FDA Nominee Could Stumble on Issue of ‘Morning After’ Pill

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Times Staff Writer

President Bush on Wednesday nominated acting Commissioner Andrew C. von Eschenbach to permanently head the troubled Food and Drug Administration, but a controversy involving science and sexual mores could stall his confirmation by the Senate indefinitely.

Democratic Sens. Hillary Rodham Clinton of New York and Patty Murray of Washington announced Wednesday that they would block a floor vote on the nomination until the FDA made a firm decision on the controversy -- whether or not to allow Plan B, the “morning after” birth control pill, to be sold without a prescription.

The same issue delayed confirmation of Von Eschenbach’s predecessor, Lester M. Crawford, and is believed to have contributed to Crawford’s precipitous resignation last fall.


The agency’s scientific staff has long concluded that the contraceptive is safe and effective for over-the-counter use by women of all ages, according to internal memos recently released by Rep. Henry A. Waxman (D-Los Angeles). But senior FDA officials have repeatedly delayed a final decision. That has prompted some in the medical community, as well as Democrats such as Clinton and Murray, to charge that the agency compromised its scientific judgment under pressure from social conservatives influential in the Bush administration.

“This nomination will not move forward until there is a yes-or-no decision on Plan B,” Murray said.

Von Eschenbach, 64, director of the National Cancer Institute and a renowned prostate cancer surgeon from Texas, has headed the FDA since the fall, when Crawford unexpectedly quit two months after being confirmed.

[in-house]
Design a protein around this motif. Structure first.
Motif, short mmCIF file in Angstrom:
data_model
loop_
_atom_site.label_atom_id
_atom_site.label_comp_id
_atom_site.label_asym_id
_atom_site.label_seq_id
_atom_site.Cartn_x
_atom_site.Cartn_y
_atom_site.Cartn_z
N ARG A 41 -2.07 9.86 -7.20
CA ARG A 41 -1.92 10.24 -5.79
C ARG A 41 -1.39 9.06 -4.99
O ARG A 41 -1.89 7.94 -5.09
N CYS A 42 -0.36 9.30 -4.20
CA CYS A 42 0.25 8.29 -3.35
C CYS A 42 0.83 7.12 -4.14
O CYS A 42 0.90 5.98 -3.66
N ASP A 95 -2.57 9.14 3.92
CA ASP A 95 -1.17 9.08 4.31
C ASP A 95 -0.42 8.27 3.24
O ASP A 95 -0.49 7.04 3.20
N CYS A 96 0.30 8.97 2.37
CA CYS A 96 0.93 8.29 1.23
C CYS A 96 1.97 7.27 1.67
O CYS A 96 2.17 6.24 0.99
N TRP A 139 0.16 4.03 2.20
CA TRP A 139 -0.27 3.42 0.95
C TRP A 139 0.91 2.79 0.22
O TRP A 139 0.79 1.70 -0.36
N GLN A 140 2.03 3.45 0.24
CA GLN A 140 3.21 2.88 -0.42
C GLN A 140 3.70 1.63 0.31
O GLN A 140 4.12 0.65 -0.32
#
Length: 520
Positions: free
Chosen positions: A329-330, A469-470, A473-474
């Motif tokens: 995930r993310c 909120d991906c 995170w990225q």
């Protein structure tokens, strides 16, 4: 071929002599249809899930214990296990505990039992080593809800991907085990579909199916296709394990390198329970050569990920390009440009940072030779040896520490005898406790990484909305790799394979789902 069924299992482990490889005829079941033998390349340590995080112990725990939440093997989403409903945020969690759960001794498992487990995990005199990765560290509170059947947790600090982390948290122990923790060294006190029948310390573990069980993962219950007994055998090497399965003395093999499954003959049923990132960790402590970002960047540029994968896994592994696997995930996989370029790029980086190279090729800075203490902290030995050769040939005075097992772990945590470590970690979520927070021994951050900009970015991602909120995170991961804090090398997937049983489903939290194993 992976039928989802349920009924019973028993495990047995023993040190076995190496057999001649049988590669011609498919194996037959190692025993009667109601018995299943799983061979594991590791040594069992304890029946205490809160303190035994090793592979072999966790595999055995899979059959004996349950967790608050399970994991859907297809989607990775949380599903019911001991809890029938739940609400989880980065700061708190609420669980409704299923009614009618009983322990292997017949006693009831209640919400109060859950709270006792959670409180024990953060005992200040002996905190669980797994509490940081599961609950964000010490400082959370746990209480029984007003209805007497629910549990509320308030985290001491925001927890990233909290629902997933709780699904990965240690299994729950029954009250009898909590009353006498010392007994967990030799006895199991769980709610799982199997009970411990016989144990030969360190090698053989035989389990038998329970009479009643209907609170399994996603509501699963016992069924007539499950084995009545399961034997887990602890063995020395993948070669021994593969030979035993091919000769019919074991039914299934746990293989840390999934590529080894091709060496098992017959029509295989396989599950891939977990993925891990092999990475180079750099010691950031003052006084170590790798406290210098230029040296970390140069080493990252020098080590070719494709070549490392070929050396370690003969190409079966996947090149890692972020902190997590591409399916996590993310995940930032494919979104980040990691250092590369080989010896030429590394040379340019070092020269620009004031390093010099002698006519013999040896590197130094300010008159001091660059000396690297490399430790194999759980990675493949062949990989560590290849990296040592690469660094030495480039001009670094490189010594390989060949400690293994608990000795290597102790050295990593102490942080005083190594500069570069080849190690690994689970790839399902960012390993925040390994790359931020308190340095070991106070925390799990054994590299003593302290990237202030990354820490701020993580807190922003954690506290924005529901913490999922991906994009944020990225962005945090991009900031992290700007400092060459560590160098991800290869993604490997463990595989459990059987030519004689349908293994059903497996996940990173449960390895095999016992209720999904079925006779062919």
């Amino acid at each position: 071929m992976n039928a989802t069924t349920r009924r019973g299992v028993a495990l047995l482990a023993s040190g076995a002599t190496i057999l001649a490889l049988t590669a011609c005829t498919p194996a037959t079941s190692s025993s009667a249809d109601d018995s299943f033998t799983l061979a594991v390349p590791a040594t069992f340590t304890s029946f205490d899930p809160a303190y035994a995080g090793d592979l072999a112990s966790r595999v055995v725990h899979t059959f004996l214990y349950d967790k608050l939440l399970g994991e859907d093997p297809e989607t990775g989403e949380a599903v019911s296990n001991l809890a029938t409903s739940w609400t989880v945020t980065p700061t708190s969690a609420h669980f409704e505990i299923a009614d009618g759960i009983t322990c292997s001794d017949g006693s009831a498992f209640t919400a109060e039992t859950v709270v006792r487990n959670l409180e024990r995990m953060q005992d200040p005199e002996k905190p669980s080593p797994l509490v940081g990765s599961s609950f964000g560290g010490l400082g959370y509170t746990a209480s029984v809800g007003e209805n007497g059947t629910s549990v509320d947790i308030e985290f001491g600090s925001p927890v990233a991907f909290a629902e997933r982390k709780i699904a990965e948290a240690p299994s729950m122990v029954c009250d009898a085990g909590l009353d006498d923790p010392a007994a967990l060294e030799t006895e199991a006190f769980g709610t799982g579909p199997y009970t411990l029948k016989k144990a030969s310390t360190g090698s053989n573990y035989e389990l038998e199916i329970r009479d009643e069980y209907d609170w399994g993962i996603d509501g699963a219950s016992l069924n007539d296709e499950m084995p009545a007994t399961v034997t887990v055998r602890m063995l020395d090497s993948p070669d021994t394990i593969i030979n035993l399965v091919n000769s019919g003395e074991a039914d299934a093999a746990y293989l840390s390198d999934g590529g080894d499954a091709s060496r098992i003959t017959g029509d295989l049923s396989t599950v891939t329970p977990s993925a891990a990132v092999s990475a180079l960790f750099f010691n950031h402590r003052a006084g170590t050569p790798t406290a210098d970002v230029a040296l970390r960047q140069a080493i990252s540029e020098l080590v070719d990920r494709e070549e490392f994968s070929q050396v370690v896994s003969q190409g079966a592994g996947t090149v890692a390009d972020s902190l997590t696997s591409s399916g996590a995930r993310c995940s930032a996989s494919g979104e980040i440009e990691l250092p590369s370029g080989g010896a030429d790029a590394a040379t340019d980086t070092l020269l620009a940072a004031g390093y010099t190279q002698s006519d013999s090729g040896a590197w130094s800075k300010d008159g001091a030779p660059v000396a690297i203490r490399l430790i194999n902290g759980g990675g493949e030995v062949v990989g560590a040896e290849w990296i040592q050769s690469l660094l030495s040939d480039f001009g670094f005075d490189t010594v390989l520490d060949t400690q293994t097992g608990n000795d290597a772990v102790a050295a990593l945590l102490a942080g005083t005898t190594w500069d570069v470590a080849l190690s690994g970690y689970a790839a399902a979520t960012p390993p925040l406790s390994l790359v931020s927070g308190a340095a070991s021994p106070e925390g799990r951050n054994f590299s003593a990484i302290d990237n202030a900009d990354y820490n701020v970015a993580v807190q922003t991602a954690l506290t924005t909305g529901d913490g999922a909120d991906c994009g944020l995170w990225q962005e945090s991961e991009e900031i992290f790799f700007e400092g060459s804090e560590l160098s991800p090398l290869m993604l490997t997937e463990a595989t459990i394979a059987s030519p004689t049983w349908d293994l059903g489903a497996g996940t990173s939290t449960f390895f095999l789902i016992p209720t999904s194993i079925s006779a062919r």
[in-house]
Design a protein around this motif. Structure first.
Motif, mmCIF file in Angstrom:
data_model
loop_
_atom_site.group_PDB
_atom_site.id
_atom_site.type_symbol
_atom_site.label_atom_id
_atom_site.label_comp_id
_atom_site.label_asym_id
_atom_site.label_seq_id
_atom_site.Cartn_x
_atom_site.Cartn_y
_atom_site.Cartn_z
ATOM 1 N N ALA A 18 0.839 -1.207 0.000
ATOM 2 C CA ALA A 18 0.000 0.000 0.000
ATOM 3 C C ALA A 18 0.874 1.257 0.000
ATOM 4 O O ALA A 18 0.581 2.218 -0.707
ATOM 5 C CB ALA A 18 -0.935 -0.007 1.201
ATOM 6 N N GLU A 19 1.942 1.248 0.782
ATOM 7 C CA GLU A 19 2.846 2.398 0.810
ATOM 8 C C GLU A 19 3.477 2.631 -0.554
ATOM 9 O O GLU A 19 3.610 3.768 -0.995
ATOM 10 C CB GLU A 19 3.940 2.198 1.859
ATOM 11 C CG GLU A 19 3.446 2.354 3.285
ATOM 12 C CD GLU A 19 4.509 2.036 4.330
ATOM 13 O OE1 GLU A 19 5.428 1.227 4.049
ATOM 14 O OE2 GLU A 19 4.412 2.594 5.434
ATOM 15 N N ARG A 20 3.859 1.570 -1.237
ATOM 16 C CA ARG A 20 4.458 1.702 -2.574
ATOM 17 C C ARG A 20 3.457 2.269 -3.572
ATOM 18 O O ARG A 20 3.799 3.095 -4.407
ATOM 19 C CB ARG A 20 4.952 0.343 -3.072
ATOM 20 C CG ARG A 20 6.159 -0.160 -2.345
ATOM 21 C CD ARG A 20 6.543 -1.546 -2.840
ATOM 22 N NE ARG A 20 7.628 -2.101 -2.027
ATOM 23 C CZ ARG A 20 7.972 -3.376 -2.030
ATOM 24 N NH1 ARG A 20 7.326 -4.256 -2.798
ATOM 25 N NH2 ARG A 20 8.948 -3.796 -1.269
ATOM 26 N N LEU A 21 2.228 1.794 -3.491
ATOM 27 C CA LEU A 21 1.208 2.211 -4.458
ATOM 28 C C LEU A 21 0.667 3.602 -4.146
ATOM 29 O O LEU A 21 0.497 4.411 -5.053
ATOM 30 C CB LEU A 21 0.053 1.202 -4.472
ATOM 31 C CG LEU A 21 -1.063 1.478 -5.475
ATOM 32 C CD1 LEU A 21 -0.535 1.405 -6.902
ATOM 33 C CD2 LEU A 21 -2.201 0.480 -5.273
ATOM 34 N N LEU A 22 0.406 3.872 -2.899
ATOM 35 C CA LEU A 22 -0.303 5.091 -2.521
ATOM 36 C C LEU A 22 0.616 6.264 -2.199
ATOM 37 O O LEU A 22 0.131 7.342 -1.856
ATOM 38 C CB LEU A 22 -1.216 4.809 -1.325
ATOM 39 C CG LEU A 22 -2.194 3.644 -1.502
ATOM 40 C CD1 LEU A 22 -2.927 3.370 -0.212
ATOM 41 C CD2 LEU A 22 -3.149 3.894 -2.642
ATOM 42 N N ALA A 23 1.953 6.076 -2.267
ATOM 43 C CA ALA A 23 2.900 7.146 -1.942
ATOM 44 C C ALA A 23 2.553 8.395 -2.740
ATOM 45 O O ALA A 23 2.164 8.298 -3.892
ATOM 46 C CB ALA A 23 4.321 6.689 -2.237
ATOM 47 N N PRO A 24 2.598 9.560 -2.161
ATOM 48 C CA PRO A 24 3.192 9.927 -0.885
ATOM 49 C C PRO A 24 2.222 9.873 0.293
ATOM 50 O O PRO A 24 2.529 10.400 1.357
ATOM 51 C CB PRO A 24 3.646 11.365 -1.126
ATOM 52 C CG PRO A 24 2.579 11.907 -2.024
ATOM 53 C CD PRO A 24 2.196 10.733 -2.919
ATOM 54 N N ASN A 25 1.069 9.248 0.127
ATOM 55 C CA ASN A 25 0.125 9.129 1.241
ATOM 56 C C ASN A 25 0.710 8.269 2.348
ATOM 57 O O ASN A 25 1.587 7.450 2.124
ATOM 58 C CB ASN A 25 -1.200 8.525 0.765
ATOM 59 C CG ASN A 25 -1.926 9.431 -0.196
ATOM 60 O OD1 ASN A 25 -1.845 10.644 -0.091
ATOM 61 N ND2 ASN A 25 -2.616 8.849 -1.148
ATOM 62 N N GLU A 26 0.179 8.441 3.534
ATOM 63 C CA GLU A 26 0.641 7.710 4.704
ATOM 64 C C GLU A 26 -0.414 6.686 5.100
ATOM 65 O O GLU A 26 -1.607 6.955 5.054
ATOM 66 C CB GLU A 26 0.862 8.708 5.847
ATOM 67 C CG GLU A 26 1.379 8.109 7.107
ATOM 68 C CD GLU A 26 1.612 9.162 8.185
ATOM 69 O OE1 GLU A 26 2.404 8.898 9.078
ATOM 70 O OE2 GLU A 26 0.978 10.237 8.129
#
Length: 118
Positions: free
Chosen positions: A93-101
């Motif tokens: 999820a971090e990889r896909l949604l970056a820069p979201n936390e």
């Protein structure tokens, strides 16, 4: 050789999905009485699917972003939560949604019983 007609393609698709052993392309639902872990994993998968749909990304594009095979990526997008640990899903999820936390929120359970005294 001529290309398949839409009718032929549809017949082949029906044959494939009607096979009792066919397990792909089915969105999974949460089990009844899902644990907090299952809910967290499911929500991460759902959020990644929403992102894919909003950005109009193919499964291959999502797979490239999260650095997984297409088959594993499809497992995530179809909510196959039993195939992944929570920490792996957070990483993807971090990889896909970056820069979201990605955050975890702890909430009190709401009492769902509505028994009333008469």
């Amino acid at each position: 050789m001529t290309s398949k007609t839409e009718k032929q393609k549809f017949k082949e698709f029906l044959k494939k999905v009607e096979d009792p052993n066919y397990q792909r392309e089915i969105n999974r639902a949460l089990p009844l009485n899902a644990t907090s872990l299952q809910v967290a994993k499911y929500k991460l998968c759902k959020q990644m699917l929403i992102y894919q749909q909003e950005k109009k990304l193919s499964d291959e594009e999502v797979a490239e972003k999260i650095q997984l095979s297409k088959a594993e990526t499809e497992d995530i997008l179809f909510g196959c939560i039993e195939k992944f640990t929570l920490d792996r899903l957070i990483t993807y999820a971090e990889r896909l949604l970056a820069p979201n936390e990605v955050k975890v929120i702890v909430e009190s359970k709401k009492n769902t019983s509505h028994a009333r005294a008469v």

If Von Eschenbach is confirmed, he is expected to focus on streamlining the FDA process for approving new medications aimed at hard-to-cure diseases, such as several types of cancer. The agency also must establish a framework for regulating emerging fields such as genetic medicine. At the same time, the FDA is struggling to repair its image as a safety watchdog.

Von Eschenbach’s nomination had been expected for several weeks.

Health and Human Services Secretary Mike Leavitt called him an “inspired choice.” Not only does Von Eschenbach have an extensive medical resume, he also has been a cancer patient, having been treated for melanoma and prostate cancer.

“FDA needs permanent leadership to spur more innovation, improve drug safety and help life-saving drugs reach patients faster,” Leavitt said.


The administration has given no indication that it intends to resolve the Plan B controversy.

In a statement, the FDA suggested that because Von Eschenbach had not been involved with the issue, his nomination should be considered apart from the controversy. “He demonstrated strong leadership skills during his time [as a practicing physician] and at NCI and this experience will be very helpful at FDA,” the statement said. “Dr. Von Eschenbach will be driven by science in making crucial decisions.”

Senior Republicans warned the White House that the nomination would run into trouble without a decision on Plan B. Sen. Michael B. Enzi of Wyoming “strongly encouraged the administration to resolve the issue before moving forward to nominate,” said his spokesman, Craig Orfield. Enzi heads the Health, Education, Labor and Pensions Committee, which oversees the FDA.

“It is obviously going to be more difficult to move the nomination if that issue is not resolved,” Orfield said.

Plan B has been available by prescription since 1999, but a decision on over-the-counter sales has been stalled. The contraceptive contains a higher dose of a hormone that is in regular birth-control pills; it is most effective in preventing pregnancy when taken in the first 24 hours after unprotected sex.

The previous commissioner, Crawford, had promised Enzi and other senior senators a firm decision on Plan B.


That enabled the senators to persuade Clinton and Murray to allow a floor vote on Crawford’s nomination. Under Senate procedures, individual senators have the power to block such nominations as a matter of personal privilege.

But last summer, Crawford balked at reaching a decision. The FDA “double-crossed” the public, Murray said.

FDA memos released last week by Waxman suggest that agency regulators did not see any major obstacle in allowing over-the-counter sales for most women, with prescriptions required for young teenage girls. Such a compromise was suggested by senior FDA officials two years ago.